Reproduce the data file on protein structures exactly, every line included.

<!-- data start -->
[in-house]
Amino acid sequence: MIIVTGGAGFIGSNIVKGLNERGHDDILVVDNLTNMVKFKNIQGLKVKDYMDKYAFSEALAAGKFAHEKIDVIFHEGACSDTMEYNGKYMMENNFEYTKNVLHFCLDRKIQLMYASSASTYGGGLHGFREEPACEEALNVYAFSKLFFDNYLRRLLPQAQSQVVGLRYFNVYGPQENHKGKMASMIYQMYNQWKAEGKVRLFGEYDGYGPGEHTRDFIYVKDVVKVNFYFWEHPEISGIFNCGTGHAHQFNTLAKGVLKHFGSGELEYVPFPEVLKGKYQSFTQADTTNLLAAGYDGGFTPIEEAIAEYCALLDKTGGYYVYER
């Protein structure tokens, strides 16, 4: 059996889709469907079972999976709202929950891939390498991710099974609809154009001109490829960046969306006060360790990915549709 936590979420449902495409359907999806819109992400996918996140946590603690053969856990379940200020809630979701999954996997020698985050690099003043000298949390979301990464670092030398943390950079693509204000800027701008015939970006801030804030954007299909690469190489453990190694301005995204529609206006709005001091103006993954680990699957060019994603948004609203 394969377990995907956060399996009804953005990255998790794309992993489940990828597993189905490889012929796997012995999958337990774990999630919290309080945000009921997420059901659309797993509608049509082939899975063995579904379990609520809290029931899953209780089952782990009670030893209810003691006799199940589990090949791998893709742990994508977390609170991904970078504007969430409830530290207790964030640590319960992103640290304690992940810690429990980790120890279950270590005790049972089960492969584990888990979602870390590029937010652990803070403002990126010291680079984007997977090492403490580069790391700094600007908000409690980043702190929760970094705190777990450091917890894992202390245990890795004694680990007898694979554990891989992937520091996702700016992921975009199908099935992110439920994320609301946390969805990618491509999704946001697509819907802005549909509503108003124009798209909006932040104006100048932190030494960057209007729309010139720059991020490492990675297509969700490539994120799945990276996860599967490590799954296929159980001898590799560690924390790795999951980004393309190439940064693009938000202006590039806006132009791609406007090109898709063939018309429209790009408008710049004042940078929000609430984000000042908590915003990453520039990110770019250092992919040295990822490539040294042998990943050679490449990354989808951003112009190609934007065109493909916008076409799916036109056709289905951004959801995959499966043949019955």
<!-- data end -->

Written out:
[in-house]
Amino acid sequence: MIIVTGGAGFIGSNIVKGLNERGHDDILVVDNLTNMVKFKNIQGLKVKDYMDKYAFSEALAAGKFAHEKIDVIFHEGACSDTMEYNGKYMMENNFEYTKNVLHFCLDRKIQLMYASSASTYGGGLHGFREEPACEEALNVYAFSKLFFDNYLRRLLPQAQSQVVGLRYFNVYGPQENHKGKMASMIYQMYNQWKAEGKVRLFGEYDGYGPGEHTRDFIYVKDVVKVNFYFWEHPEISGIFNCGTGHAHQFNTLAKGVLKHFGSGELEYVPFPEVLKGKYQSFTQADTTNLLAAGYDGGFTPIEEAIAEYCALLDKTGGYYVYER
């Protein structure tokens, strides 16, 4: 059996889709469907079972999976709202929950891939390498991710099974609809154009001109490829960046969306006060360790990915549709 936590979420449902495409359907999806819109992400996918996140946590603690053969856990379940200020809630979701999954996997020698985050690099003043000298949390979301990464670092030398943390950079693509204000800027701008015939970006801030804030954007299909690469190489453990190694301005995204529609206006709005001091103006993954680990699957060019994603948004609203 394969377990995907956060399996009804953005990255998790794309992993489940990828597993189905490889012929796997012995999958337990774990999630919290309080945000009921997420059901659309797993509608049509082939899975063995579904379990609520809290029931899953209780089952782990009670030893209810003691006799199940589990090949791998893709742990994508977390609170991904970078504007969430409830530290207790964030640590319960992103640290304690992940810690429990980790120890279950270590005790049972089960492969584990888990979602870390590029937010652990803070403002990126010291680079984007997977090492403490580069790391700094600007908000409690980043702190929760970094705190777990450091917890894992202390245990890795004694680990007898694979554990891989992937520091996702700016992921975009199908099935992110439920994320609301946390969805990618491509999704946001697509819907802005549909509503108003124009798209909006932040104006100048932190030494960057209007729309010139720059991020490492990675297509969700490539994120799945990276996860599967490590799954296929159980001898590799560690924390790795999951980004393309190439940064693009938000202006590039806006132009791609406007090109898709063939018309429209790009408008710049004042940078929000609430984000000042908590915003990453520039990110770019250092992919040295990822490539040294042998990943050679490449990354989808951003112009190609934007065109493909916008076409799916036109056709289905951004959801995959499966043949019955």